Saturday, November 05, 2011
Sweet Saturday Sample: Excerpt Two from Ride to Raton
This week for Sweet Saturday Samples (clean fiction excerpts from authors), here's an excerpt from Chapter Two of Ride to Raton, in which we meet a young Hispanic girl with troubles of her own:
As Amparo Garcés y Martinez wrung another rivulet of soapy water from the twisted white blouse she held in her brown hands, she gazed above the roofline of her home toward the sun-bathed mountains notching the horizon beyond Santa Fe. Puffy white clouds hung above the hills as though they were pinned on a clothesline stretched across the brilliant blue sky. Vegetation painted the slopes in variegated hues of greens and browns.
This is beauty, she thought, sighing, and glanced toward the shrine tucked into a niche in the corner of the courtyard. María Santísima, is Heaven so lovely a place as Santa Fe? Is my dear papá there? Tell me it is so, Holy Mother. If I know he is happy, I can bear to live without him.
Amparo wiped one eye with the back of her hand, then gave the blouse another twist. I miss him so much, Little Beloved Mother. I never got to tell him goodbye.
She took a deep breath and let it escape slowly from between her full lips. Oh, Madre de Dios, give me a little of your strength. Help me to bear my burdens with a light heart.
Amparo remembered the blouse clasped in her slim hands, shook it gently to uncoil it, then thrust the garment into the rinsing pool of the stone laundry basin. A few drops of water splashed onto her richly embroidered green satin skirt. She frowned, exclaimed, “¡Vaya!” and grabbed for a dry rag to sop up the liquid before it spotted the stiff cloth. She dropped the rag to the flagstone beneath her soft slippers and raised her arm to her head to push back the fringe of soft black hair clinging to her damp forehead.
I am sorry, Virgen Santa. I became distracted. I know it is absurd to wear my best clothes for this task. But they are the only clean clothes I have left, and if I am to have anything else to wear, I must do the laundry myself. You see, the woman came home from her errand this morning and dismissed the maid before she could even begin the washing.
“¡Chica!” cried a disapproving voice from a doorway. Amparo jumped. The voice continued. “Why do you wear your good clothes to do the wash? You will ruin them, and I cannot buy you any more fine things.”
“Señora Catarina, you startled me!” The girl turned from the washtub and snatched up another blouse from a woven basket at her feet. “I could not help but wear these clothes. They were all I had to wear when you sent Lupe away.” She rubbed the blouse with a bar of soap smelling strongly of lye, then began to scrub the garment against the stone washboard in front of her.
A slender woman with thin red lips and wide eyes fringed with spiky black lashes stepped into the courtyard, her long black taffeta skirt swishing with the motion of her hips. She approached a pot of geraniums hanging from a bracket against the kitchen wall and, plucking a blossom, inserted it into the black knot of hair coiled at the back of her head.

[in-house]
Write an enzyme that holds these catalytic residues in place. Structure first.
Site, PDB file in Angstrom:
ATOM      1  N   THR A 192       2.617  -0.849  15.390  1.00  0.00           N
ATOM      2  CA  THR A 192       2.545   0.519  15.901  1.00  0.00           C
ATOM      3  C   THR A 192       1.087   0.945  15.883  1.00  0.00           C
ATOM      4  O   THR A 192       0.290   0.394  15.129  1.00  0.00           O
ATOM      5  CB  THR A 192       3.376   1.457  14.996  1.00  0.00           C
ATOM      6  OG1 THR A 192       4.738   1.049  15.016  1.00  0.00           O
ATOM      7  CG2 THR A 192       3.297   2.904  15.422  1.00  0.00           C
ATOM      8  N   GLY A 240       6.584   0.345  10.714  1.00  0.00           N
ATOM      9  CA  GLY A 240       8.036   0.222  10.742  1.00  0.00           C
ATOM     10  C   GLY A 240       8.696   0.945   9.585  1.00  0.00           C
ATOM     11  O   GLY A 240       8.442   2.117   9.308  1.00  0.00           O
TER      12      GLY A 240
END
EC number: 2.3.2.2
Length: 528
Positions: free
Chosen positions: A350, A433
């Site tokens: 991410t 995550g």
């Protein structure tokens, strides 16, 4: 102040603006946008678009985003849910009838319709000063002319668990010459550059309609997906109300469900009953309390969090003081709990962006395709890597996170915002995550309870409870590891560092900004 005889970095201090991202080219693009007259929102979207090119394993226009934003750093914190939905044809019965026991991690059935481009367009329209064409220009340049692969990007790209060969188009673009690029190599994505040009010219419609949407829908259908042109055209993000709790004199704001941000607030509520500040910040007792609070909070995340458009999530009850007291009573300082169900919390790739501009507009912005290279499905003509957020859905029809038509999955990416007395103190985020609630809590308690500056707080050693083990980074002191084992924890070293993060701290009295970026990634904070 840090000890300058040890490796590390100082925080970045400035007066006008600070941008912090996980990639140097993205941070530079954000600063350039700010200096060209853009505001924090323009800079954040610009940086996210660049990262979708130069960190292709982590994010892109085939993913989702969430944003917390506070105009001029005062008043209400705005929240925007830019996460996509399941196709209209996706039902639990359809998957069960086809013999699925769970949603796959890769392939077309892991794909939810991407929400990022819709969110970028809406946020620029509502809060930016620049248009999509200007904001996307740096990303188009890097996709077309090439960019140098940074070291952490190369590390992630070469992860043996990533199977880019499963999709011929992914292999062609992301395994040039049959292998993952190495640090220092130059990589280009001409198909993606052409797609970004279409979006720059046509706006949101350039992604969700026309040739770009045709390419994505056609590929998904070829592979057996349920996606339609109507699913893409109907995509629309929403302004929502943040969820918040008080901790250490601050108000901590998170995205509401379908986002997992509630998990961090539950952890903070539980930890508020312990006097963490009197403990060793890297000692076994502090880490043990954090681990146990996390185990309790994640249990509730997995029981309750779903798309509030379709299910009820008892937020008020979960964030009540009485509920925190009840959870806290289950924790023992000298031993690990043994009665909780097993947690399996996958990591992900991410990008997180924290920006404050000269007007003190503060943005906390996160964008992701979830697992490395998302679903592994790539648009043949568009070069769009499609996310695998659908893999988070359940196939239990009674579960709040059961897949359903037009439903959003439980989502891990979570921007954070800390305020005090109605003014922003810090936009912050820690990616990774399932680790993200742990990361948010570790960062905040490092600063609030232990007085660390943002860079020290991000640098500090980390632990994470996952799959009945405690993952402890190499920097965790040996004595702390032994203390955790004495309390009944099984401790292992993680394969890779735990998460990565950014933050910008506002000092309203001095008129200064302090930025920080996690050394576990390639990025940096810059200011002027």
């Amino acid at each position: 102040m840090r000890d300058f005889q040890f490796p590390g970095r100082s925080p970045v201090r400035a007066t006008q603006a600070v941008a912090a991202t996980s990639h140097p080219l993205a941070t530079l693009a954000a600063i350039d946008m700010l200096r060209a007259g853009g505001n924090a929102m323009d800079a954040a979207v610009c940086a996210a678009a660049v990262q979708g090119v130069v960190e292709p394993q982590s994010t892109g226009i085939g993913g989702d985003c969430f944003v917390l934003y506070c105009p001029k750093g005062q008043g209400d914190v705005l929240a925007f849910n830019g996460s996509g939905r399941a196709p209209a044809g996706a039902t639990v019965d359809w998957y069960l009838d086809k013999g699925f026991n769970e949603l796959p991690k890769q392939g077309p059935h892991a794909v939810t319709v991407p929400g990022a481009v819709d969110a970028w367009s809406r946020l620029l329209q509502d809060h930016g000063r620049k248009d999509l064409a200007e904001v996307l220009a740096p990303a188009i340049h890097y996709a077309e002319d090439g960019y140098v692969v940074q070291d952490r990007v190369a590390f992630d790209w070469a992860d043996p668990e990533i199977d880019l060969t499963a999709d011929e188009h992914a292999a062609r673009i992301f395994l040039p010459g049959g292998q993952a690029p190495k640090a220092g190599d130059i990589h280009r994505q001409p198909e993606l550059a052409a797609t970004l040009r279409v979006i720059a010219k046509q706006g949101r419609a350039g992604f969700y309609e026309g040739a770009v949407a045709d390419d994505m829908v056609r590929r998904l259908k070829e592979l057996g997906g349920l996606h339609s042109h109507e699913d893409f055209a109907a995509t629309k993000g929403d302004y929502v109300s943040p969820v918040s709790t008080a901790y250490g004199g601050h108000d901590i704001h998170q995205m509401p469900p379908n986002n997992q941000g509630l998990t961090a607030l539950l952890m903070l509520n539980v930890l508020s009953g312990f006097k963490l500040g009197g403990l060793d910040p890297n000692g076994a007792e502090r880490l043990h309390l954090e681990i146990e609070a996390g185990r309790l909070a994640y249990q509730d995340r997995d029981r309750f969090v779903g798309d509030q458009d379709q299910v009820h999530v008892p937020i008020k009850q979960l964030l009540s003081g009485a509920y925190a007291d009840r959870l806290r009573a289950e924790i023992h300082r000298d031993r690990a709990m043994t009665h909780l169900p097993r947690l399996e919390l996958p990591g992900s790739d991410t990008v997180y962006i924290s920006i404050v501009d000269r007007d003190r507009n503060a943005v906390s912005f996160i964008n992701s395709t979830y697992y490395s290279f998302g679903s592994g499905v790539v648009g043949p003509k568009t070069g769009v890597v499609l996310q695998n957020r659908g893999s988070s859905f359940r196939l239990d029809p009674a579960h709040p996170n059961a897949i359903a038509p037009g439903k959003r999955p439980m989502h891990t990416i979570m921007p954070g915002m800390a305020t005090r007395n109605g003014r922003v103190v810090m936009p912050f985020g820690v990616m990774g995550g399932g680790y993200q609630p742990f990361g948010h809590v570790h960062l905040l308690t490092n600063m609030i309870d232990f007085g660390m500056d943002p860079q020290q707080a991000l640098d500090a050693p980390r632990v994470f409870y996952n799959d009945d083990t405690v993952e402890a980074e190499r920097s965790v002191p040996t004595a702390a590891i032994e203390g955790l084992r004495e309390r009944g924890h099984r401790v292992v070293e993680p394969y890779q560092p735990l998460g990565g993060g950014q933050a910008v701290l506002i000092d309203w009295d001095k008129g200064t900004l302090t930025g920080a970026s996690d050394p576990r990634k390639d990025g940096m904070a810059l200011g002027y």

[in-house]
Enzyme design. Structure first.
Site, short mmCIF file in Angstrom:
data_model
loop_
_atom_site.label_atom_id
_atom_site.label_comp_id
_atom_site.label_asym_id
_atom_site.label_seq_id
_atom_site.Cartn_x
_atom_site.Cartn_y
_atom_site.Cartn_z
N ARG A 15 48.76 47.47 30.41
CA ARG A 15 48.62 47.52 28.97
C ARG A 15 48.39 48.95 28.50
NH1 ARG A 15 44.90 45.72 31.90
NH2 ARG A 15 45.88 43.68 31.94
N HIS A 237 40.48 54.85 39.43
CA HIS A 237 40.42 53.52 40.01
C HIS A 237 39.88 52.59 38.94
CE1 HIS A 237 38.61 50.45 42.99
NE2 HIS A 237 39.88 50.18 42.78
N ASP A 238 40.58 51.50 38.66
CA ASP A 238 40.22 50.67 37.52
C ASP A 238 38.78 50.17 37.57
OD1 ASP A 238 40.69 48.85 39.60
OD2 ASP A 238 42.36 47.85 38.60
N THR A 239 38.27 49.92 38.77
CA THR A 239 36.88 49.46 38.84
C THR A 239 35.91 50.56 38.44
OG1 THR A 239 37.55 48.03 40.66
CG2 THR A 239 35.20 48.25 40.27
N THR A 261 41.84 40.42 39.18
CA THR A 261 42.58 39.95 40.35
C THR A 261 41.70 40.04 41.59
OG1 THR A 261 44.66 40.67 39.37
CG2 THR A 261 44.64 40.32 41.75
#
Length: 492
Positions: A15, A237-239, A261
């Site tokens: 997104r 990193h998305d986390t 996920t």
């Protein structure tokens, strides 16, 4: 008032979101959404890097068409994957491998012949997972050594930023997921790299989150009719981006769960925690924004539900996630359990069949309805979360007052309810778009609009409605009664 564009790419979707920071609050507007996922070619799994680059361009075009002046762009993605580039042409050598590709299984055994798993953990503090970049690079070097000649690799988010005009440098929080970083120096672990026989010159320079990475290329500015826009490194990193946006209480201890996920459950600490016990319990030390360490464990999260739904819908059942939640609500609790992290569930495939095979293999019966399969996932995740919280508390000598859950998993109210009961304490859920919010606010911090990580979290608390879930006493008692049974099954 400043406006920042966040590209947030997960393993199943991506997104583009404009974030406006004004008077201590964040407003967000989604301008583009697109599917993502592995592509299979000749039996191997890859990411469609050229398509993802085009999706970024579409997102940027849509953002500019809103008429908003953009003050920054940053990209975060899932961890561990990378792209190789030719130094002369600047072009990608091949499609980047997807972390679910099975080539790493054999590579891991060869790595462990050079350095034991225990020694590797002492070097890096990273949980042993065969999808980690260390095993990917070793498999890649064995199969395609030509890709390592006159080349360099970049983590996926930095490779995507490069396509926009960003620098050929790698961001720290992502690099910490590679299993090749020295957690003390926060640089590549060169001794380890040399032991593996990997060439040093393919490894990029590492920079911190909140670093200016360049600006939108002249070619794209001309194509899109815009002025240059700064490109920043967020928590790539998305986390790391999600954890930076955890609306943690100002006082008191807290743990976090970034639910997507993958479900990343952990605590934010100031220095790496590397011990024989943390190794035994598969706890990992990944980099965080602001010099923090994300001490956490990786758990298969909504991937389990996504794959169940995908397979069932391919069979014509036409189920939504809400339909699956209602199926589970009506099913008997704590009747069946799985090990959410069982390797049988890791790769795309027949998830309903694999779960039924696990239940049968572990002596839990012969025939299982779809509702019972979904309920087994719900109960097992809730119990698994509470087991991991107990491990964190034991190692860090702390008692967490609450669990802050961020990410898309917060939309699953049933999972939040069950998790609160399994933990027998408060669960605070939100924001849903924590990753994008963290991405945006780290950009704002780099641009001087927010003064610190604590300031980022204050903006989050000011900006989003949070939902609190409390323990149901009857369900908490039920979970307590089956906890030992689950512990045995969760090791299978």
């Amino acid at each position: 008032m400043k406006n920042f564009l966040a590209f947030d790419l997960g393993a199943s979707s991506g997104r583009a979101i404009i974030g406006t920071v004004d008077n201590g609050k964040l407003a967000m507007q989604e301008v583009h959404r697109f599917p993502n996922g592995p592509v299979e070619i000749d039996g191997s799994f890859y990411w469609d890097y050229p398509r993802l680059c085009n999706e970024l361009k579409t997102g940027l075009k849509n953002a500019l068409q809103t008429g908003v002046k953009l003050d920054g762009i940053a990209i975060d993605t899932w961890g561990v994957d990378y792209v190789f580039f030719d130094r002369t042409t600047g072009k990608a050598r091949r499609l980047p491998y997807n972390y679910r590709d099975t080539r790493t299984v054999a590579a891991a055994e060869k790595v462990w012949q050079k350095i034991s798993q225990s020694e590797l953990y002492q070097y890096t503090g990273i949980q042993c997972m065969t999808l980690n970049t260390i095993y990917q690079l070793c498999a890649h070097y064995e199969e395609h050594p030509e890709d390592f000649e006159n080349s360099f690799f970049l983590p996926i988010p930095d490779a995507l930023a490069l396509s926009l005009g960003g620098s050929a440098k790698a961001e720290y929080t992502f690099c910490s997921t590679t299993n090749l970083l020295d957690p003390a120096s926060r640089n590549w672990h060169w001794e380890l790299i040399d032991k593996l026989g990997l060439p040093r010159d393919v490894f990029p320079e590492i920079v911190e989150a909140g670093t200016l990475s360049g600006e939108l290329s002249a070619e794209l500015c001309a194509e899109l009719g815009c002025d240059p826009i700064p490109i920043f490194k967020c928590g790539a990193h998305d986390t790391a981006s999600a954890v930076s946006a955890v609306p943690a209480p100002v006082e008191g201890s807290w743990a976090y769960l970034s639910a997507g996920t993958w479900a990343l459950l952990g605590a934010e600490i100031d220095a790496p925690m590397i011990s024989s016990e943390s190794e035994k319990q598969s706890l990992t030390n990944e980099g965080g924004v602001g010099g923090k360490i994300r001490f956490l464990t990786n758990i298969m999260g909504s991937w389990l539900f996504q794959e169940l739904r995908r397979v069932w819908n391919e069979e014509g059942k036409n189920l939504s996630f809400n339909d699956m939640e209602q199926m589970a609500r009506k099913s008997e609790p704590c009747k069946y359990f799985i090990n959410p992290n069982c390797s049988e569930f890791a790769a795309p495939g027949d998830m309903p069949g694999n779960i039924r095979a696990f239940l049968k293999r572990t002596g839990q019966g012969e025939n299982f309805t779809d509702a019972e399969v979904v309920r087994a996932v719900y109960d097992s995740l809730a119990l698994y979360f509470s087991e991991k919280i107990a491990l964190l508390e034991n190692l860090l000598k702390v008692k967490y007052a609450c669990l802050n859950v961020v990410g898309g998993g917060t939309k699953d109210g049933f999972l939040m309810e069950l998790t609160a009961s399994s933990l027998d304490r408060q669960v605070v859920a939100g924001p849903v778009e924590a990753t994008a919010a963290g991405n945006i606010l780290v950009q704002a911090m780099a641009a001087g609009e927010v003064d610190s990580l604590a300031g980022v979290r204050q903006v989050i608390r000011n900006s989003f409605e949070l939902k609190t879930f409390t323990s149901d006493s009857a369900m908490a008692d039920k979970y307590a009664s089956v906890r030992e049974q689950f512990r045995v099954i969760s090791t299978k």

“You forgot to call me ‘Mamá’,” said the woman, hiding a yawn behind her hand. “Until I met with the lawyer, I did not realize we were so poor that we could not afford to keep Lupe,” she added, arching her dark brows. “We will have to conserve until matters improve, so for the time being, you will wash the clothes and linen, and I will watch that Rafaela does not waste any food as she cooks.”
“My papá would not want me to do the wash always,” the girl protested, shaking her shoulder to dislodge a thick braid of black hair that rested upon it. “He said I must learn to keep a household, but I also must remember to be a lady.”
“Then your papá should have left more money to me and not so much to the beggars on the street,” the woman answered in a sharp tone. “You will do as you are told, chica.”
Amparo drew herself up proudly, rapidly blinking her dark brown eyes. “My papá was a great man to give money to the poor. He said we did not need much, and he was looking forward to receiving his reward for good deeds in Heaven, once he arrived there.”
“And for his stupid deeds, I have to suffer.” Catarina folded her arms across the front of her white blouse.
Amparo bit her lip. “My papá was not stupid. And it will not injure us to suffer in life.” She looked at the woman for a moment, then resumed her labors.
The woman drew in a noisy breath. “If you like to suffer, then we will do so,” she said, putting her hands on her hips. “We will not buy cream for the coffee, and no more sugar.”
Before Amparo could protest, the iron knocker boomed against the front door six times. The sound filled the courtyard with echoes. The girl stopped scrubbing and looked up. “Shall I see who is at the door?”
Catarina shook her head. “Keep working. I will go.” The woman moved in the direction of the front hallway, and Amparo went back to her work.
As she worked, she heard a murmur of voices at the front door. When it stopped, Catarina came back across the courtyard toward the laundry basin. Her mouth was brittle with a smile of satisfaction as she slowly fanned a folded sheet of paper before her face.
“Well, chica, perhaps I will have cream and sugar after all.”
Ride to Raton is available from Smashwords.com in many electronic book formats, and from Amazon.com in print and Kindle editions. Also available at Amazon.co.uk, Amazon.de, and Amazon.fr. Search term: "Marsha Ward"
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